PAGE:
3. Collaboration for external funding such as an SBIR or other funding agencies. An NDA, IRB-approved protocol, and MTA may be required for these interactions. An organization meeting the requirements to apply for government or private funding may request these interactions in order to establish a link between the organization and expertise in the area of sexually transmitted infection (STI) diagnosis. Letters of support will be provided. No costs are associated with this interaction.
How to Qualify: An NDA, IRB-approved protocol, and MTA may be required for these interactions. The Center Director will make the decision on a case by case basis regarding participation and letters of support for SBIR and other funding applications. Organizations should contact the Center with at least one month of lead time before requesting this type of support.

4. Participation in focus groups or WALEX activities to support technology development and commercialization. The Warfare Analysis Laboratory Exercise (WALEX) is a mechanism unique to the JHU Center which has been used to obtain, prioritize, and integrate technology needs across professional disciplines. In this way it differs from a focus group which typically samples opinion leaders from the same discipline. WALEX allows interaction and recording of the total program through voice and compupter input and application of forced choice surveys in order to down-select the most practical technology formats. Organizations requesting this type of collaboration should be prepared to provide sufficient information regarding a prototype and its function to allow focus groups and WALEX participants to effectively evaluate the needs and anticipated use (market placement) of the technology. Very early stage pre-prototype development is not a candidate for this type of support. No costs are associated with this interaction.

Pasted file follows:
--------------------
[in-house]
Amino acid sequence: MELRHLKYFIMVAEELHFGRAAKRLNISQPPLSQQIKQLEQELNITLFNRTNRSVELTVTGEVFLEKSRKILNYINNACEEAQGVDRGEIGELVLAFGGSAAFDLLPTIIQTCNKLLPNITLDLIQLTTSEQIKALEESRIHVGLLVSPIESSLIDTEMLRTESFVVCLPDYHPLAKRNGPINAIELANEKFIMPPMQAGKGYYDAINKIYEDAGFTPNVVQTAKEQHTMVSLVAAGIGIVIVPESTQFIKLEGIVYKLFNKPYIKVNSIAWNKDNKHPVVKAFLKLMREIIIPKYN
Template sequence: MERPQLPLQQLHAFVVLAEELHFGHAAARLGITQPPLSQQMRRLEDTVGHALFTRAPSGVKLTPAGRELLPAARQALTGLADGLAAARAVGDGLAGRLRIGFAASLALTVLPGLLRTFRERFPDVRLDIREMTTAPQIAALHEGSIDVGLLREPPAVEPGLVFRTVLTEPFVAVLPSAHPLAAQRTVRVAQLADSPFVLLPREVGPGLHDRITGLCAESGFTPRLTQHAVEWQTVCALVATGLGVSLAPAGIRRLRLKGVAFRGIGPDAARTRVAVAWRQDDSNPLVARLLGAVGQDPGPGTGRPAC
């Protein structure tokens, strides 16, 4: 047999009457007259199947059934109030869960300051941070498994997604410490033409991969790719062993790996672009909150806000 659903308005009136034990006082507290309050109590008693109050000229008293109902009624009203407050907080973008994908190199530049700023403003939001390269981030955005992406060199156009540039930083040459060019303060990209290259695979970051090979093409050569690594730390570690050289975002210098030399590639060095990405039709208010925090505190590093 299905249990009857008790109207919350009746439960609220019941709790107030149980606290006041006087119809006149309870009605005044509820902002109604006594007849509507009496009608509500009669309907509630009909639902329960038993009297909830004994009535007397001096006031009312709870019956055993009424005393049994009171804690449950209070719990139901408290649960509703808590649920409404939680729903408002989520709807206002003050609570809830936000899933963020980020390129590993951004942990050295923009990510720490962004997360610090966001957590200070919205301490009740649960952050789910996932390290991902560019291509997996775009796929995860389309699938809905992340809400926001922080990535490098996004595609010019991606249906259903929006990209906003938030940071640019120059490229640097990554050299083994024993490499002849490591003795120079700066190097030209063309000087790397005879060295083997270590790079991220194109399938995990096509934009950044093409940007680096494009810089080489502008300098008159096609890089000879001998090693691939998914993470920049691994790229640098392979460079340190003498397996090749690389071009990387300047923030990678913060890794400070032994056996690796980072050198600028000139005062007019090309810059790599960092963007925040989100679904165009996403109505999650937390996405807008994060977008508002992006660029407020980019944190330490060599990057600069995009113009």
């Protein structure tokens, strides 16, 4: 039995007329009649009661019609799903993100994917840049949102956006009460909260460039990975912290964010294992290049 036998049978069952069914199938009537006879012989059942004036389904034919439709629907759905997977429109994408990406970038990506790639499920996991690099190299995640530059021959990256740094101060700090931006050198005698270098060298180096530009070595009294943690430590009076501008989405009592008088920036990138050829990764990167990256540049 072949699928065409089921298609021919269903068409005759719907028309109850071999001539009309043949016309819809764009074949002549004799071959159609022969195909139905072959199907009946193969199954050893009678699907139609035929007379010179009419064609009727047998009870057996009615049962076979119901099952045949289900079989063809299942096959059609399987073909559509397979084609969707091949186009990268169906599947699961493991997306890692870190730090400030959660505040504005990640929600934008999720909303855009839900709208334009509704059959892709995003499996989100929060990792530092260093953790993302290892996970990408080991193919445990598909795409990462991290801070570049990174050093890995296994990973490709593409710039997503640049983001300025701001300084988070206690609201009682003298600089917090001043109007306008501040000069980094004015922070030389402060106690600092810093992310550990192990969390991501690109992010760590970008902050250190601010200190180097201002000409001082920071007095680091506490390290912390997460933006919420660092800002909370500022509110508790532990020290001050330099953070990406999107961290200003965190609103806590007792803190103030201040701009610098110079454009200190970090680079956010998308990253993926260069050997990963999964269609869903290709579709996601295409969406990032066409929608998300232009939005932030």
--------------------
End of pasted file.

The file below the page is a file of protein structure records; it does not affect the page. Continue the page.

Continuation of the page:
How to Qualify: Organizations may request this type of collaboration from the Center. The Center may pool companies into a single effort involving focus groups, a WALEX, or both. Funding support for these activities will derive from the Center's funding or supplemental funding. The results of these efforts will be candidates for publication by the Center and participating companies. Qualification for this support will be determined from the initial interview and the maturity of the product under development. Solutions to critical developmental decisions which may help in the commercialization of the technology should be the outcome of these efforts.

5. POC or other device testing in the research laboratory or pilot testing in clinics associated with the Center. An NDA and IRB-approved protocol will be required for these interactions. Devices which are more mature in their development are candidates. Enabling technologies which do not include a detection device are candidates; however, organizations must identify the detection technology or platform to be paired with their technology. Additional financial support in the form of patient incentive/sample collection reimbursements, reagents, devices and training may be required depending on the level of effort requested from the Center.